DIY Weekend Project: Keep People Out (Changing door hardware)

It seems like we’ve been installing a door a week as we get the Station into livable condition and when our most recent door-installing adventure degenerated into a contest to see who could poke a shim the farthest into the other persons eye, I was sent on a mission to buy new door hardware. (Eye poking and threatening bodily harm with hand tools is just one of the many ways MysteryMan and I make our relationship work. Don’t knock it.)

It is hard to imagine why we would need new hardware, what with this classy set-up:


And really, even if you don’t have duct tape covering your dead-bolt hole, you may want to change your locks because you have a psycho ex, or because your keys got stolen, or because it’s Wednesday. I don’t judge. Whatever works for you.

It can be a little intimidating because a full lockset comes with almost as many parts that you won’t use as parts you will, but this is definitely not one of those things you need to call a professional for.

A few things I recently learned about door hardware:

1.) At Lowe’s (and probably any big box), if you buy a new lockset that is compatible with your current locks — usually determined by brand– they can change the lock to match your existing key. This is great for additions, not great for keep out crazy people who may or may not have a key to your house.

2.) Picking up a box containing a full lockset with one hand, from a tall shelf, grabbing only the bottom of the box will likely result in said box overbalancing and landing directly on your head. Hard. Innocent passerbys will laugh as you attempt to remain conscious.

3.) Kwickset makes a SmartKey lock that you can easily re-key yourself (in 10 seconds or less) if you have the original and a new key. No lock changing necessary. Hey look! I just made this post obsolete before I even got started.

Installing an Exterior Lockset and Deadbolt Without Pulling Your Hair Out

Despite the charms of the Kwickset, I ended up buying a Schlage handset because it offered a non-frilly lever option, as opposed to a knob. I like knobs, but if you’re carrying an armload of stuff out the door… you can open a lever with your foot. I’m just saying… you’ve got to think ahead.

The nice thing about the schlage (and I’m not sure if this is true for all maufacturers) is that it comes with installation pieces for almost any type of pre-drilled door setup.


See? Square plate, rounded plate, and no plate. Which made this install considerably easier than it might have been otherwise.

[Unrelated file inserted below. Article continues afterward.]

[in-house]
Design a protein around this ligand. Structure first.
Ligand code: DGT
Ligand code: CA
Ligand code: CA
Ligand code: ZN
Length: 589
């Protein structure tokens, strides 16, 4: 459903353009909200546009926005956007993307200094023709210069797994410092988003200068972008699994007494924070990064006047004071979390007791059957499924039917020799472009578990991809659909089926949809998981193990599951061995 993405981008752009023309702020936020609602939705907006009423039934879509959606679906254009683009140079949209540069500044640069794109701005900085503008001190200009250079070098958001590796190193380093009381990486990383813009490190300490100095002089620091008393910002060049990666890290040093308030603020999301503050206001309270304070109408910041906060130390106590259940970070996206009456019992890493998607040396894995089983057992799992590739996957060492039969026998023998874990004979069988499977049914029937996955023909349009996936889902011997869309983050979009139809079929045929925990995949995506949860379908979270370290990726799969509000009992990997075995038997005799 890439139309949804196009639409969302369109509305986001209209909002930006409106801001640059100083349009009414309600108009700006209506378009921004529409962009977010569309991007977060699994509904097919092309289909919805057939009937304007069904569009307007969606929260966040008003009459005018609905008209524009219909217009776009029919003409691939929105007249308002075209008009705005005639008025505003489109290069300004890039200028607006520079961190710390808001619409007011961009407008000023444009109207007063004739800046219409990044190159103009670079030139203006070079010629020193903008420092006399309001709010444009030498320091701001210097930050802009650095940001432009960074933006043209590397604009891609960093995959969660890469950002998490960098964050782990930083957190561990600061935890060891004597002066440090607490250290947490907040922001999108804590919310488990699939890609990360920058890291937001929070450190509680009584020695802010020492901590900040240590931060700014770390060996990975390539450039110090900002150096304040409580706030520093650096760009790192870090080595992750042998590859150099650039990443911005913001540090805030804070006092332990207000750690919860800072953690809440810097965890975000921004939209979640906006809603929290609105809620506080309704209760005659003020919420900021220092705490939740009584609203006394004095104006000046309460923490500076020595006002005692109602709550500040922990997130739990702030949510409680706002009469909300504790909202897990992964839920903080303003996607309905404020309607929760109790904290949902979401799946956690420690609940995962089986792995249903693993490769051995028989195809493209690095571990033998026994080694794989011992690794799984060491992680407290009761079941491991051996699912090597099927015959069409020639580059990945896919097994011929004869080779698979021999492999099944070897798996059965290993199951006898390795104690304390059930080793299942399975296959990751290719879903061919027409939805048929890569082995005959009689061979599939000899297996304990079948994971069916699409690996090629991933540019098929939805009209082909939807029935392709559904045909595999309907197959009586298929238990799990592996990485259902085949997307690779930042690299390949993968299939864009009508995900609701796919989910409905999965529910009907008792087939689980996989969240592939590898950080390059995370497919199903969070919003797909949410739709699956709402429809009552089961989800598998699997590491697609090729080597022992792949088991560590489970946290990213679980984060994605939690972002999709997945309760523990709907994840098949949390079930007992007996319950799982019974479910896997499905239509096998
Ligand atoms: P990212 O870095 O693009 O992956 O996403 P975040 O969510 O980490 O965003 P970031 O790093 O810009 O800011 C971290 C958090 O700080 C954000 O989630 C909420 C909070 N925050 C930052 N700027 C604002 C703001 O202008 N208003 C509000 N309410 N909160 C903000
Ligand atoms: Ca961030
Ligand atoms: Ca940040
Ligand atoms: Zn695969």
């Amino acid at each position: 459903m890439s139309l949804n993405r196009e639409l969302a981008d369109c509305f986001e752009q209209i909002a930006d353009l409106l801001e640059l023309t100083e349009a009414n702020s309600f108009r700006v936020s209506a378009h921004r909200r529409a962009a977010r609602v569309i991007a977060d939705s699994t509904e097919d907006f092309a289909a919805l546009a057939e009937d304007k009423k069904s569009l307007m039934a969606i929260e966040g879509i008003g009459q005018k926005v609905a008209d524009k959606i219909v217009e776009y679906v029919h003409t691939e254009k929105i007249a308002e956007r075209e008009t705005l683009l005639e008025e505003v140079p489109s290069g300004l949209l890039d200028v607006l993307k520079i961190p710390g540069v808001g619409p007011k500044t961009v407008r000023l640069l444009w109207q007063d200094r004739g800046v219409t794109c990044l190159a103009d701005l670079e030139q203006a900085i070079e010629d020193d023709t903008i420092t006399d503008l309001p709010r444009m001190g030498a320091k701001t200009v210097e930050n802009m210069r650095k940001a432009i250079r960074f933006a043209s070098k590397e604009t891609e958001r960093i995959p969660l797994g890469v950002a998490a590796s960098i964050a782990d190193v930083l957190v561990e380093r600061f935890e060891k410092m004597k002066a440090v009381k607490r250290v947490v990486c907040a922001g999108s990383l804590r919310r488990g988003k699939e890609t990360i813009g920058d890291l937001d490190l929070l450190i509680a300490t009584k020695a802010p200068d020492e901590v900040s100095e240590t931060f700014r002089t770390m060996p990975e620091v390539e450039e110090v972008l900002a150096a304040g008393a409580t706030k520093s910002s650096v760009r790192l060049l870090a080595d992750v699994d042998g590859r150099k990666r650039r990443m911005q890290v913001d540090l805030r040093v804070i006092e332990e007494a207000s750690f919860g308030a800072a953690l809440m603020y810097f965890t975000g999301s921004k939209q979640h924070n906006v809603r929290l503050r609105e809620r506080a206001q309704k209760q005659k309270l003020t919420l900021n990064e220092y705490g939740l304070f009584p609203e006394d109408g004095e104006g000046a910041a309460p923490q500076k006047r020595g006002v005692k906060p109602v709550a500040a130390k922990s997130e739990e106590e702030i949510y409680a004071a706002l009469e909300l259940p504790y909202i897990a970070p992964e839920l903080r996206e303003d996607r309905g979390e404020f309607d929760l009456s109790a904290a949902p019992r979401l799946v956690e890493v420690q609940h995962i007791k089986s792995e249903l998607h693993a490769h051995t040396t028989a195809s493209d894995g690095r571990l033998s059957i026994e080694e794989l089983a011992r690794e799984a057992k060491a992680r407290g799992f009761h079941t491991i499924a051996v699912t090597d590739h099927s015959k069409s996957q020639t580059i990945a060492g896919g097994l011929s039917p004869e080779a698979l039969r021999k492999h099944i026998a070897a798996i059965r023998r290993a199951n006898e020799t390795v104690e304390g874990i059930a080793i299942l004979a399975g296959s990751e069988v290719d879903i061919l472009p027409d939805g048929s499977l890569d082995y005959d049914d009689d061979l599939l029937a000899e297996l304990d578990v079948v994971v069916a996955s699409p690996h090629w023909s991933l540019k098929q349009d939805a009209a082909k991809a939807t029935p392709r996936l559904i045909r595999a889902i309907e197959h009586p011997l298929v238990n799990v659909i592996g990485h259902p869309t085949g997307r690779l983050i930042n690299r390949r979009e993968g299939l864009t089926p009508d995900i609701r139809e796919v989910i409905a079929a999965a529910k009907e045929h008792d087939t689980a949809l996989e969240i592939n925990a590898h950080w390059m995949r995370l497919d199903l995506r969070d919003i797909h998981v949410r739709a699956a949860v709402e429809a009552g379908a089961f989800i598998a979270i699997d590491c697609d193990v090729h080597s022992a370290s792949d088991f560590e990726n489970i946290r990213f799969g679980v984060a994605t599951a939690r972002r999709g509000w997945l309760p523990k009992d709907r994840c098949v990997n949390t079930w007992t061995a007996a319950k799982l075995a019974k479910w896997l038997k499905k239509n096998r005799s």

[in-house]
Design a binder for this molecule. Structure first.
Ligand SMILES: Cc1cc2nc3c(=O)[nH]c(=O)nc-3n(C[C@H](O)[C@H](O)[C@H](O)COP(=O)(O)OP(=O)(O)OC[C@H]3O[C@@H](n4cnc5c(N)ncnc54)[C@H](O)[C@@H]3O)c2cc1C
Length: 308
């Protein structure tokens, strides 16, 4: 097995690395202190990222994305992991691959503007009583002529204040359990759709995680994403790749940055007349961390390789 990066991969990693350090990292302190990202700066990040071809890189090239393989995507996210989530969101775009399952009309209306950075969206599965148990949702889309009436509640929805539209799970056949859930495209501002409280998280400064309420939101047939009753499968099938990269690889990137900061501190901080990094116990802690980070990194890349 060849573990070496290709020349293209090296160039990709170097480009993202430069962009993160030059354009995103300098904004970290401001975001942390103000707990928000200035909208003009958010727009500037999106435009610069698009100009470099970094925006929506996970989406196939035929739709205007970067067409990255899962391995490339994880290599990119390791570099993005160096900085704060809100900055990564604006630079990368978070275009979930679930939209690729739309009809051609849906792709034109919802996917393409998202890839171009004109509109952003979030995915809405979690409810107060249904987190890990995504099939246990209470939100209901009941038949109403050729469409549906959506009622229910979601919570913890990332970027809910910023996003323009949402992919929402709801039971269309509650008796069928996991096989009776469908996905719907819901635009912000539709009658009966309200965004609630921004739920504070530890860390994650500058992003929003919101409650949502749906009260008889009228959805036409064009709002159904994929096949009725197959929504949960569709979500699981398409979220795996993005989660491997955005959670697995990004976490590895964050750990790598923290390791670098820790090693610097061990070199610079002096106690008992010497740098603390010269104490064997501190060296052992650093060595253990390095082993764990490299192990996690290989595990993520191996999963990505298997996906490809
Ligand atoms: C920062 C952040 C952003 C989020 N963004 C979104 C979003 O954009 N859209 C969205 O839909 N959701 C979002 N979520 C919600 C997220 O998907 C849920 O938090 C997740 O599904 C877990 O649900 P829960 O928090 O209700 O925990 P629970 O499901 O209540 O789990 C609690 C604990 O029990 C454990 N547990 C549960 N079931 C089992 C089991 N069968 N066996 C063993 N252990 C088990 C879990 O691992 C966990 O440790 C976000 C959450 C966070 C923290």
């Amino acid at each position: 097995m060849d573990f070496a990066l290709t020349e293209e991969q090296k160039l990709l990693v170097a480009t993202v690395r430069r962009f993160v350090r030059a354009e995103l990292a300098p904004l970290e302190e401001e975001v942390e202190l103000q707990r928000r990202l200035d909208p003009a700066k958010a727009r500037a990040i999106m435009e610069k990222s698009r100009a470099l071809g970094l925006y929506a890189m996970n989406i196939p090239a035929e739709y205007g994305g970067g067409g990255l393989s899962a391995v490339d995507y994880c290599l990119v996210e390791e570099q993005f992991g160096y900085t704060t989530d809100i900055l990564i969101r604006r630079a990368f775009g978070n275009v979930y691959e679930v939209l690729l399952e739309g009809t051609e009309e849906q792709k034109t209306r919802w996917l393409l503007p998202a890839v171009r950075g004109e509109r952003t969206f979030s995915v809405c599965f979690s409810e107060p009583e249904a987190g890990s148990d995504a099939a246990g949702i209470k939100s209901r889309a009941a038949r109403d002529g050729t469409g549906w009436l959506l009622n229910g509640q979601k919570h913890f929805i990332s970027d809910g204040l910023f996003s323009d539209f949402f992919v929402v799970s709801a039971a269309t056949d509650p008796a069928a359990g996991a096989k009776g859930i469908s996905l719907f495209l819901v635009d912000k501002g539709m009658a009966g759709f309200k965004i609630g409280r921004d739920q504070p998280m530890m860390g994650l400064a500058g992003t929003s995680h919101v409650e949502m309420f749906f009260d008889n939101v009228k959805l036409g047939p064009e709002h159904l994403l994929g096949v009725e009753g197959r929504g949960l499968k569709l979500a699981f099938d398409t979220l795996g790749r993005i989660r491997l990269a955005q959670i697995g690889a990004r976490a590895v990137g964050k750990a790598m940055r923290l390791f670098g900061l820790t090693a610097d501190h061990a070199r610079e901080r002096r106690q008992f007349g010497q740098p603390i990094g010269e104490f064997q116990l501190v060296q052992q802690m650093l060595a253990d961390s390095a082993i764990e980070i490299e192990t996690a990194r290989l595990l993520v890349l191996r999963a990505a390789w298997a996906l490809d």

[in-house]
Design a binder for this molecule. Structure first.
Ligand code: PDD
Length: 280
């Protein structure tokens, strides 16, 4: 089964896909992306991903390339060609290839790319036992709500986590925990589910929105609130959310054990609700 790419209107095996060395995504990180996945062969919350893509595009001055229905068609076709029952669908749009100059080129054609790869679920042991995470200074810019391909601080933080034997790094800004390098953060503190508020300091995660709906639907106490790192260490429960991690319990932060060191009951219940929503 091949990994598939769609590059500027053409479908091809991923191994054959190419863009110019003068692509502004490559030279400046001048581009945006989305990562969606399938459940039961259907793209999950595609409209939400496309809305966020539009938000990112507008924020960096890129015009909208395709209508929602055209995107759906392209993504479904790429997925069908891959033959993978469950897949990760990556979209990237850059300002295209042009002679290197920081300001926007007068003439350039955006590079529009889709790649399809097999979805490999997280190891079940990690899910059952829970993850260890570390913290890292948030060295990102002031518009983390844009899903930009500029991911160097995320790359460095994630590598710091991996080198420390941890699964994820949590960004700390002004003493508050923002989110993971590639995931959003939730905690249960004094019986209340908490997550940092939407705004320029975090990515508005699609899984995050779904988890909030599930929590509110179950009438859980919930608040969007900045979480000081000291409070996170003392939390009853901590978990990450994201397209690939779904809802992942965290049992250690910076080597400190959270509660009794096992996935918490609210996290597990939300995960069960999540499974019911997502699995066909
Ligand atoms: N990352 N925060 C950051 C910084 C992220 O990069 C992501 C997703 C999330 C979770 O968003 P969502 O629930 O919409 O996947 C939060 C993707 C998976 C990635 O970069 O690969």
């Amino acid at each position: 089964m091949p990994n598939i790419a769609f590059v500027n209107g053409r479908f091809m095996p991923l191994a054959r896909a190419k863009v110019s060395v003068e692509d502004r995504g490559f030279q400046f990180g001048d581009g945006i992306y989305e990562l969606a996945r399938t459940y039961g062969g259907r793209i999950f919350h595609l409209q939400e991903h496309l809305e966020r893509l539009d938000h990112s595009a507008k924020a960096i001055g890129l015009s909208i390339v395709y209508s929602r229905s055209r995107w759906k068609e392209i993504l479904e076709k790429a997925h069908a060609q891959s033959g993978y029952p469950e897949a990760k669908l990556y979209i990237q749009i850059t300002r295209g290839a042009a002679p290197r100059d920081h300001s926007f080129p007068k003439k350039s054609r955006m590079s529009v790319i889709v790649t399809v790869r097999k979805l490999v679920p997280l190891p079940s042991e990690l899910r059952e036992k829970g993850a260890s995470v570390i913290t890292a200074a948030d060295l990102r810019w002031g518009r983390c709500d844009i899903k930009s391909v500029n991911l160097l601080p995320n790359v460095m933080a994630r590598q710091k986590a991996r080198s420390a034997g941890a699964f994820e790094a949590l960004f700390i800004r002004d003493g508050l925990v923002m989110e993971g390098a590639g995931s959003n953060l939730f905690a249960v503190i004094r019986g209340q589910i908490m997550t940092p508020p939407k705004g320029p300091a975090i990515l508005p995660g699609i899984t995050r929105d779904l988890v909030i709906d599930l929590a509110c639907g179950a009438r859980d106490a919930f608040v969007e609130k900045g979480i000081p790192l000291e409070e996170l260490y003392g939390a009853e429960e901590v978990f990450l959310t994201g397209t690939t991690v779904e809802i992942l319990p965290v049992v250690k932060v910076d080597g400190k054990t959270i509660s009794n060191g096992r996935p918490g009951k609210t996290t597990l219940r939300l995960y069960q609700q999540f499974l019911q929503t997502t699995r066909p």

Step 1: Remove old hardware and/or duct tape

Removing door hardware is easy. Only 4 screws to remove and 1 tool necessary.




Step 2: Prep

All handset kits should come with a template. Most doors are standard these days but you should check just in case. Things to note:

1.) Hole size
2.) Hole placement
3.) recessed area for plates



In my case I only needed to drill one hole for the bottom of the handset. MysteryMan chiseled out the door to fit the old door hardware (would not have been necessary with new hardware) but I decided to use the square plate and just clean up the recessed area a bit, which is easy enough with a sharp chisel.


Step 3: The part that keeps the door closed

This should slide right in. If you use a plate, it takes 2 screws to affix it, or they make inserts you can install right into the hole without a plate and just a few light taps from a hammer.




Ignore the spray foam please. For a minute there MysteryMan forgot we weren’t hillbillies.

With both latching mechanisms in place:

Step 4: Handles

It’s pretty easy. You just pop the outdoor side on (and check to make sure it works)…


Then set the “lever” or “knob” side (pay attention to the directions for your particular lockset here, you want to make sure it turns in the correct direction.)


It slides on…


And two screws later you’re in business.


*Note: Our latch ended up a little screwy because of the previous hardware, but it’s nothing a little wood filler wont fix.

Step 5: Deadbolts

The deadbolt was a bit trickier to install. Note the clear “TOP” marking. That will probably help you in your endeavor. Not that I would have put the thing in upside-down ever. Um… anyway.


Make sure it locks when you turn towards the edge of the door.

Again, it’s just a couple of screws to complete the process.


Step 6: Final Touches
Last step is to install the plates on the frame side of the door so everything closes up and locks smoothly.


This did require a bit of chiseling for the deadbolt piece.


Always score the line you are chiseling out first, then peel off the wood to the appropriate depth.

Step 7: Sleep safe, sound, and secure

And just like that, new handset. I think it’s a small improvement.



Hey, we’re fancy country people now. Or we will be when I actually paint that door. And hang the trim. And stop telling people we’re going to be living in an old gas station this year.

Step 8: Spare Parts

This is what may lead you to believe that installing door hardware is harder than it actually is.


One time I’m going to install a handset and use every single piece in the box. But not on a door I actually want to work, obviously.

DIYers… go forth and conquer.

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